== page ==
The idea is just hanging out there, waiting for a champion. We probably can’t expect much from Republicans and Democrats, who are beholden to entrenched special interests. (The “transportation” sector has contributed roughly $35 million over the past decade to Virginia political candidates, according to the Virginia Public Access Project.) Republicans are the party of roads, and Democrats the party of mass transit. Both transportation modes are more than a century old, and both have much to fear from the MaaS revolution.

Only one party, the Libertarian Party, is the natural home for entrepreneurs and innovators who seek to disrupt the status quo. If Libertarians want to broaden their popular appeal by creating community-based, private-sector solutions for real-world challenges, then they should lead the charge for Mobility as a Service.

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15 responses to “Who Will Champion Mobility as a Service?

  1. When in doubt, go with the Institute for Justice in Arlington. They will champion anyone, particularly those who are small businesses and therefore sympathetic, who stands up to the entrenched interests.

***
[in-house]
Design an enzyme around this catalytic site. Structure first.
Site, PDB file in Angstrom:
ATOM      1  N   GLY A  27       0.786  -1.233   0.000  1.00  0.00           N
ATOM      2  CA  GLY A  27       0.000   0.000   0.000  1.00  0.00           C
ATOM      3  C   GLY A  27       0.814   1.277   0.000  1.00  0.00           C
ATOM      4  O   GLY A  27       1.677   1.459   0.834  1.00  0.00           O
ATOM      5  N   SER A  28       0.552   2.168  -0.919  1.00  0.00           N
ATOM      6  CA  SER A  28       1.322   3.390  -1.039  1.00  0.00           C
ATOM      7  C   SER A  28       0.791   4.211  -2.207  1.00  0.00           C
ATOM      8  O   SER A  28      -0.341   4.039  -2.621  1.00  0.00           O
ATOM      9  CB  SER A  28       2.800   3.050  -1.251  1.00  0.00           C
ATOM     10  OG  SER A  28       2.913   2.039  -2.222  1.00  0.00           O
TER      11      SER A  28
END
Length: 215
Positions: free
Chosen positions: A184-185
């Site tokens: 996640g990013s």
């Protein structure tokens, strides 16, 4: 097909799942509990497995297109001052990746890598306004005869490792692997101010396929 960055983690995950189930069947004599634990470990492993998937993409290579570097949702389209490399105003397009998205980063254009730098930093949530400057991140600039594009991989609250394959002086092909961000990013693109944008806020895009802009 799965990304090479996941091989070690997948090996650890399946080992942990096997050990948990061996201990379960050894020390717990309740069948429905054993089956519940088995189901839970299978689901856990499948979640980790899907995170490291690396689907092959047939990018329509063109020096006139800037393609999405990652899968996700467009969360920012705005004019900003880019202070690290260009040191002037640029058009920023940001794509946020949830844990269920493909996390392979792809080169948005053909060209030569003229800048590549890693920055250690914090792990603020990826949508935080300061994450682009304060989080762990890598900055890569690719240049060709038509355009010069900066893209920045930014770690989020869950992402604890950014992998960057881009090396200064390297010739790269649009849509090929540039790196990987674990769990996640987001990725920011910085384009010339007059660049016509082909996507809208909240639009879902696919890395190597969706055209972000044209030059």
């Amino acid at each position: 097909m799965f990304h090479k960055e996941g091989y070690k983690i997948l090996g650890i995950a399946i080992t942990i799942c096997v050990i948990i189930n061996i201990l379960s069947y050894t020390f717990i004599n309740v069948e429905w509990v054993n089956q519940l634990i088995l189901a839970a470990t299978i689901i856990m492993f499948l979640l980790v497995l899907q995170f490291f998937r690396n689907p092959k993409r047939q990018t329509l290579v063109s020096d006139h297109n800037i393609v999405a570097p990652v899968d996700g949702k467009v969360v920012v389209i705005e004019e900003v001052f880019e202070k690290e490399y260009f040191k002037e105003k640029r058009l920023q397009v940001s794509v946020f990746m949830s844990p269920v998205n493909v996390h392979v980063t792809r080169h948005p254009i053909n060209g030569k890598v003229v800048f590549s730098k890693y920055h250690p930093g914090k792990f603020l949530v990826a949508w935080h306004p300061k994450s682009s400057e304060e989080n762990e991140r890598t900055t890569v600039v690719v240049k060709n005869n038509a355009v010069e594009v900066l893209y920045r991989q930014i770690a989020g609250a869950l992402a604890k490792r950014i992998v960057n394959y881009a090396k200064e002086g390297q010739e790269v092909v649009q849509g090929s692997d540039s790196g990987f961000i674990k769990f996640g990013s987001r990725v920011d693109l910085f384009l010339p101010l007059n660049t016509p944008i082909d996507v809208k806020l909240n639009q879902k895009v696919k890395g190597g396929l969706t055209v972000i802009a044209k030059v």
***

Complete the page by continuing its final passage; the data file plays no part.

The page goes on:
2. I actually don’t believe this will be a top down solution. Rather, it will be a locality-driven solution. If you look at Charlottesville and Arlington, their planners and governing bodies are already starting to look at land use decisions with an eye on mobility. I know that both localities have looked at this issue in the past year when considering parking needs for projects.

    My guess is that in Virginia, it will be haphazard. Charlottesville and Arlington will lead the way due to their density. Alexandria, Richmond, Newport News, and Norfolk will follow. Maybe you’ll see Roanoke join in. And then it will be a long time before you see this mainstreamed in other areas of the state.

    • I agree — locality-driven decisions will be made to test and prove the concept at first, then copied. But getting away from auto dependence has a health component, too. I see this also spurred on by the rising number of elderly in those denser, largely-urban localities you mention. That’s the driver in a lot of local van services.

      • It’s funny you mention that. When I saw my Father at Christmas, he was talking about how people don’t understand an important concept: